The testing world these days is mostly about so-called “cross-functional” teams working in an iterative delivery environment, planning with user stories and testing frequently changing software under the tough time pressure of short iterations. Because of these pressures, a focus on making “testing faster” is put in place and that’s where the technocrat comes in, with promises of tool solutions that actually do testing, as opposed to simply supporting some aspects of the simplest parts of testing — i.e., the execution parts as opposed to the design parts.

No code or tool focus will help you answer the following questions, that the technocrats often barely consider:

  • Does the application work well?
  • Is the application usable?
  • Is the application useful?
  • Is the application successful?

The technocrats are often simply interested in the answer to one question:

  • Does the application work at all?

Instead of just asking ‘does it work?’ when discussing overall tests, testers need to ask ‘how would you know if it actually works well?’ The focus shifts on trying to define what ‘good enough’ means in terms of user capabilities and benefits, without tying it to a particular technical solution or implementation.

And this is important because testing if something works well often leads to tangential information discovery. Unattended automated execution — whether code-based or not — won’t provide that learning. Nor will a focus on algorithms or design patterns. Those things will (possibly) impact code quality and that can in turn impact maintainability. That is certainly a viable measure of internal quality and it’s one that developers should absolutely be focused on to some degree.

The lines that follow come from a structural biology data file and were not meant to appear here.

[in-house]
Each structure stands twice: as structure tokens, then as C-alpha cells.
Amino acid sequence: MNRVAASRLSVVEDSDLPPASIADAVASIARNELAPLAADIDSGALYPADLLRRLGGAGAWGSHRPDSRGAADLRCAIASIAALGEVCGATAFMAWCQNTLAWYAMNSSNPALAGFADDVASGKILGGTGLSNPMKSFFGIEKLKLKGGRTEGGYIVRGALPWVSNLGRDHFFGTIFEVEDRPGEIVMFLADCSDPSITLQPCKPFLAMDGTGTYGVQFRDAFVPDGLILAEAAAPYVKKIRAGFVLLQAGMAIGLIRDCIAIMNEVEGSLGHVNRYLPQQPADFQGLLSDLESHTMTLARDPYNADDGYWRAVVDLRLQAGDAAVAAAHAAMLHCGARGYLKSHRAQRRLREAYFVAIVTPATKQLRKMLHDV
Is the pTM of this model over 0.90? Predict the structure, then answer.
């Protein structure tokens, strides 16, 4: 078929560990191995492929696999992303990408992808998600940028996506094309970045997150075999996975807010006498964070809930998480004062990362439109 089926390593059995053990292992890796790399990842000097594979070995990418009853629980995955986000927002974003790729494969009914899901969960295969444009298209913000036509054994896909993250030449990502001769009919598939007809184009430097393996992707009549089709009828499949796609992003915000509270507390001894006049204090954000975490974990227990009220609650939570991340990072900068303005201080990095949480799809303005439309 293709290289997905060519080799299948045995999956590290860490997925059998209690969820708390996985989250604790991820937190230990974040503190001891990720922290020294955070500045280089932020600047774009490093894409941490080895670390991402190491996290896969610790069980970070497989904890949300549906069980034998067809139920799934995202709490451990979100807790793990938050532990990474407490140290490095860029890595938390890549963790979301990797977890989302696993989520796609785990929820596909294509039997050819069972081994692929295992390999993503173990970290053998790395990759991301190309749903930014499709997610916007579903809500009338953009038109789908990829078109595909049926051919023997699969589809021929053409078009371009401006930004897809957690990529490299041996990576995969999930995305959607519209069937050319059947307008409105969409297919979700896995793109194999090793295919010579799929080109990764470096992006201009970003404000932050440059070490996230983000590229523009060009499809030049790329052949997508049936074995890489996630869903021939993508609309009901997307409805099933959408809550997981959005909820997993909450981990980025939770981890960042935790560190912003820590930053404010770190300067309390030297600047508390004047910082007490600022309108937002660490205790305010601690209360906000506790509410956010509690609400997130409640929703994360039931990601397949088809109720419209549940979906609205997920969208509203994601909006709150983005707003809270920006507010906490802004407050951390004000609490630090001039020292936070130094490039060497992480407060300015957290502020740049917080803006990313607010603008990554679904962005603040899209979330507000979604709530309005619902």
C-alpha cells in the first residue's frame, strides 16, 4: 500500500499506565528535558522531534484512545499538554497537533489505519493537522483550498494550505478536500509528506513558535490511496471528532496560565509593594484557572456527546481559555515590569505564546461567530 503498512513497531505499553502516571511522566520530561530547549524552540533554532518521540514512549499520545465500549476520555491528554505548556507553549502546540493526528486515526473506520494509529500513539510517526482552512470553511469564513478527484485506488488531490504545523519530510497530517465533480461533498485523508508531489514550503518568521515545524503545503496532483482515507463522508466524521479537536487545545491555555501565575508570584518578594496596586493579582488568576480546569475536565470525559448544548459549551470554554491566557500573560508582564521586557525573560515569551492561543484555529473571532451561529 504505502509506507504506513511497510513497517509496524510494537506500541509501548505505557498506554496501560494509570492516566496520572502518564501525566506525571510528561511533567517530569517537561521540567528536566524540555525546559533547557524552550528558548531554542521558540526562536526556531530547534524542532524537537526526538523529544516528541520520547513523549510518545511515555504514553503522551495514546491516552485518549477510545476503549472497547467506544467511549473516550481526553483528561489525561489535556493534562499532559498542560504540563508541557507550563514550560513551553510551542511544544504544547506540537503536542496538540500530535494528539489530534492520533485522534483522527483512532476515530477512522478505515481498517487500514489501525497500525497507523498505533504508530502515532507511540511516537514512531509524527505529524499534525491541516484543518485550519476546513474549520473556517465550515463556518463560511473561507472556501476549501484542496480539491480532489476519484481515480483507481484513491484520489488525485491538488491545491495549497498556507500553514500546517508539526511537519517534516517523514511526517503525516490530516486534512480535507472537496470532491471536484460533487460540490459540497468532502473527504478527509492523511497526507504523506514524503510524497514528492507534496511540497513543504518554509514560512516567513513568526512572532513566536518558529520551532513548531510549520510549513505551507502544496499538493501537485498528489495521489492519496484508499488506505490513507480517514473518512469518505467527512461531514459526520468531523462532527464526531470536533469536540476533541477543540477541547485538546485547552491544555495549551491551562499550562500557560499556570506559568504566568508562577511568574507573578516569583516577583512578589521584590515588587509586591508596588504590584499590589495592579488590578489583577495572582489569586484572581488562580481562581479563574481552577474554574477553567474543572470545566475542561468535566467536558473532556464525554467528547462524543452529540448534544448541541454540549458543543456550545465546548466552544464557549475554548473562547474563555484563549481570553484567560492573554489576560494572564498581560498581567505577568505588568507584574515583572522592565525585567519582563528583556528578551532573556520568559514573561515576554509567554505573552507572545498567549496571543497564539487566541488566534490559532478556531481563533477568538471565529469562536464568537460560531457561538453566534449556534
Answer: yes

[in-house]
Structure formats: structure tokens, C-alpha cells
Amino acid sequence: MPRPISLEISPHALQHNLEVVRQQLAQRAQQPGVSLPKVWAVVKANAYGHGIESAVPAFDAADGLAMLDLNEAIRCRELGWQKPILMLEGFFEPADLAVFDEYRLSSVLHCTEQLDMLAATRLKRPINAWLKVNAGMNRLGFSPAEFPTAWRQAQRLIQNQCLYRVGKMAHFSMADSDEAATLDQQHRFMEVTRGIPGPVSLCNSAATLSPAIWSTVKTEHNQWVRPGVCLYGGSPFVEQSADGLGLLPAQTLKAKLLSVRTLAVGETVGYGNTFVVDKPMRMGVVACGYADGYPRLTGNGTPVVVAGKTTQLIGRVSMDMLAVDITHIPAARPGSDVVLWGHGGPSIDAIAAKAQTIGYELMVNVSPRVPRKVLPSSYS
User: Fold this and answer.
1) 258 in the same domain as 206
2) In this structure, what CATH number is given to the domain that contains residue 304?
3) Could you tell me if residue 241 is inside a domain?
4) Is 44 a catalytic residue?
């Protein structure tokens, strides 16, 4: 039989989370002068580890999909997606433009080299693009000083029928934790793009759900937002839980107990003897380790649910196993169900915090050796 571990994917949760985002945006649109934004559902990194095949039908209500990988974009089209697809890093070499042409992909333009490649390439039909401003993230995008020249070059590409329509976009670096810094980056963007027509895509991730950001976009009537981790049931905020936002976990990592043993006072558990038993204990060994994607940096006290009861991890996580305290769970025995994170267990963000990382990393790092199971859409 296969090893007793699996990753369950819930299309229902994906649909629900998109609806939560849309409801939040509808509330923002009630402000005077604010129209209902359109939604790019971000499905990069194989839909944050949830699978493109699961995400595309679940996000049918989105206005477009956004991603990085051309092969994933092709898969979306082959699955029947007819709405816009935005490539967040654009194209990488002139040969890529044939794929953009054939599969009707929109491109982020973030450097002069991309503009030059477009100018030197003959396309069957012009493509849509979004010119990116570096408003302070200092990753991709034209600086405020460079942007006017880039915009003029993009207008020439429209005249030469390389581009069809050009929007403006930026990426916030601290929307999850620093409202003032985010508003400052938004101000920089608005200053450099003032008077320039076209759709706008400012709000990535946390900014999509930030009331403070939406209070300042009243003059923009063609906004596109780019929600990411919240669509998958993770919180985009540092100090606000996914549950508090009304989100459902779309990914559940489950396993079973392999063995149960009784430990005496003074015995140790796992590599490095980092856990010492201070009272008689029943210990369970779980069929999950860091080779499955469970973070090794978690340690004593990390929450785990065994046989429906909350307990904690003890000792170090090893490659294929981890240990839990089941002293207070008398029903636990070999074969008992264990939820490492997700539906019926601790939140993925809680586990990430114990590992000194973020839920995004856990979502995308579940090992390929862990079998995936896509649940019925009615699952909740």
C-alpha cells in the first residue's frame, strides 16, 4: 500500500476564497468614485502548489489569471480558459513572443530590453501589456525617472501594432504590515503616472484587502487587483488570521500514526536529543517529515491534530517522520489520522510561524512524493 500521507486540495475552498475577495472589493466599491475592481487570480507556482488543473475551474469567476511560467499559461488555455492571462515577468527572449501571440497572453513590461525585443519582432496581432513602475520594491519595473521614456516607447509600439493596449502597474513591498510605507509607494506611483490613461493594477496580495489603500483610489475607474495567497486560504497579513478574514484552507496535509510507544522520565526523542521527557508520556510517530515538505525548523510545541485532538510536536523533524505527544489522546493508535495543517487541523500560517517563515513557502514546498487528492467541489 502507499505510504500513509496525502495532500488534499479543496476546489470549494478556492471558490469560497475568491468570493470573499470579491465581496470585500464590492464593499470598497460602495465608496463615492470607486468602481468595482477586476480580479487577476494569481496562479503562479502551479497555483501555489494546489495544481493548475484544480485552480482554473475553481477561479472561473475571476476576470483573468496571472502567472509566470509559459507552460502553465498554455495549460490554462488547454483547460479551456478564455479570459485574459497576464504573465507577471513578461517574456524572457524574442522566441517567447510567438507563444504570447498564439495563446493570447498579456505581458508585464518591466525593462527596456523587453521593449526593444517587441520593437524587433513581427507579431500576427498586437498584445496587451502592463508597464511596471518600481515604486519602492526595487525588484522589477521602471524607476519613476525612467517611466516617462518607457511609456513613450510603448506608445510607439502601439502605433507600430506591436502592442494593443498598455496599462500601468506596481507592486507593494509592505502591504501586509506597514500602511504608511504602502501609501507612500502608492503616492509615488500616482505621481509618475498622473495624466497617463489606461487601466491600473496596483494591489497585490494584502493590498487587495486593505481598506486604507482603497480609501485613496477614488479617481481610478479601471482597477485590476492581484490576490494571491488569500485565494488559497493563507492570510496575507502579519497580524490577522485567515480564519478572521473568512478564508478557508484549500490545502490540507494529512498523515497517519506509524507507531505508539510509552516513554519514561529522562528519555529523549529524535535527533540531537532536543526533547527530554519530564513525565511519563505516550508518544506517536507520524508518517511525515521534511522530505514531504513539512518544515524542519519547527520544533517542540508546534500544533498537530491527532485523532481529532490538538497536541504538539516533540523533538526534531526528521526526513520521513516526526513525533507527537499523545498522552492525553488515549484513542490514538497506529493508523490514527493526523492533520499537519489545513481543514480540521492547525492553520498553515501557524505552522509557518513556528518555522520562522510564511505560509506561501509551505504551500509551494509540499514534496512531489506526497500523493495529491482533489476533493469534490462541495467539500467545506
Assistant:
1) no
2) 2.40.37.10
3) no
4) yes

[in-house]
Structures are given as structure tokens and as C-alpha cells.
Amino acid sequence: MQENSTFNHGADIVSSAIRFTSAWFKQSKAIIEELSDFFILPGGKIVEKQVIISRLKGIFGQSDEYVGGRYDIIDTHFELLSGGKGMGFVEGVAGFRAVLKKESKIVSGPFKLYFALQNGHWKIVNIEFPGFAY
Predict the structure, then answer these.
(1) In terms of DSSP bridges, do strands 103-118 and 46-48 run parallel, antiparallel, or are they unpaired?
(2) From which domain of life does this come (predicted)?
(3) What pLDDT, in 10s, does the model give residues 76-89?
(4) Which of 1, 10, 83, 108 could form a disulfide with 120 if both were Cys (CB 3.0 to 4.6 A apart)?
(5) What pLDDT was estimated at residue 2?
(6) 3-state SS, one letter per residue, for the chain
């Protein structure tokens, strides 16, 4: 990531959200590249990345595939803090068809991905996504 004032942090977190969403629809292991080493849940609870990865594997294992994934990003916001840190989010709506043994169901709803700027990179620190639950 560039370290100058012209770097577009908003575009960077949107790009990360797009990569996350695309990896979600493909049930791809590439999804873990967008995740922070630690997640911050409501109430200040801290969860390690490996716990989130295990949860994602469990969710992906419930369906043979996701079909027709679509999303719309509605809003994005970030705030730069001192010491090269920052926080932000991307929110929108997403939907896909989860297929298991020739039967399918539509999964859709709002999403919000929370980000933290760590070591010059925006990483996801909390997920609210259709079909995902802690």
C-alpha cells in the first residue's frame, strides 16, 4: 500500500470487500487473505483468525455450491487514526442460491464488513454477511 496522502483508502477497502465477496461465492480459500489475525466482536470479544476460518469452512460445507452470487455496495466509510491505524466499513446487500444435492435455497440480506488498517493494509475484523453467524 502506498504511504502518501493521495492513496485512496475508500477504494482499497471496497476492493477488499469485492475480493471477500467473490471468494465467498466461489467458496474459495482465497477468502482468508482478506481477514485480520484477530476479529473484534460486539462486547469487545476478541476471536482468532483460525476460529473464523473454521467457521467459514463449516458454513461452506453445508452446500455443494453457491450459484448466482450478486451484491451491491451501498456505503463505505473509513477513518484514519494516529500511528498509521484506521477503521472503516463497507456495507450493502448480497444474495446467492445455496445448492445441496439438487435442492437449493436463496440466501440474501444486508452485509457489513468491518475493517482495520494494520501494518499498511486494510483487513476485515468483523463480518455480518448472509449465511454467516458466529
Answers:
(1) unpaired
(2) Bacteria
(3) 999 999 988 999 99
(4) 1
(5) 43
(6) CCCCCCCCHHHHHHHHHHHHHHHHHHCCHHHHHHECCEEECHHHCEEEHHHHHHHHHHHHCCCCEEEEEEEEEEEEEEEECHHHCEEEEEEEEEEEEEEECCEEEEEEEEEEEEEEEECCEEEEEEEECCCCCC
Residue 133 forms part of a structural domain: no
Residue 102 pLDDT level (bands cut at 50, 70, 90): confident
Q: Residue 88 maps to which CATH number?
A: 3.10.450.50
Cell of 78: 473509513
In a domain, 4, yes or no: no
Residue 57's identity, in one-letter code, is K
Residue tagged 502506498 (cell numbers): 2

But the information discovery we often need the most is at a level of abstraction that is removed from the code — and thus largely removed from the practices that are focused on code. And that means the “skills of a coder” are less important to a tester.

More To Come

This was largely a rant post but this notion of the technocratic focus of testing is one that is deeply concerning to me. My goal here was to get my ideas out there in a moderately digestable, albeit not concise, form and then use that as the springboard to further refine my thinking on this topic.


This article was written by Jeff Nyman

Anything I put here is an approximation of the truth. You're getting a particular view of myself ... and it's the view I'm choosing to present to you. If you've never met me before in person, please realize I'm not the same in person as I am in writing. That's because I can only put part of myself down into words. If you have met me before in person then I'd ask you to consider that the view you've formed that way and the view you come to by reading what I say here may, in fact, both be true. I'd advise that you not automatically discard either viewpoint when they conflict or accept either as truth when they agree.

8 thoughts on “The Danger of the Technocrat Tester”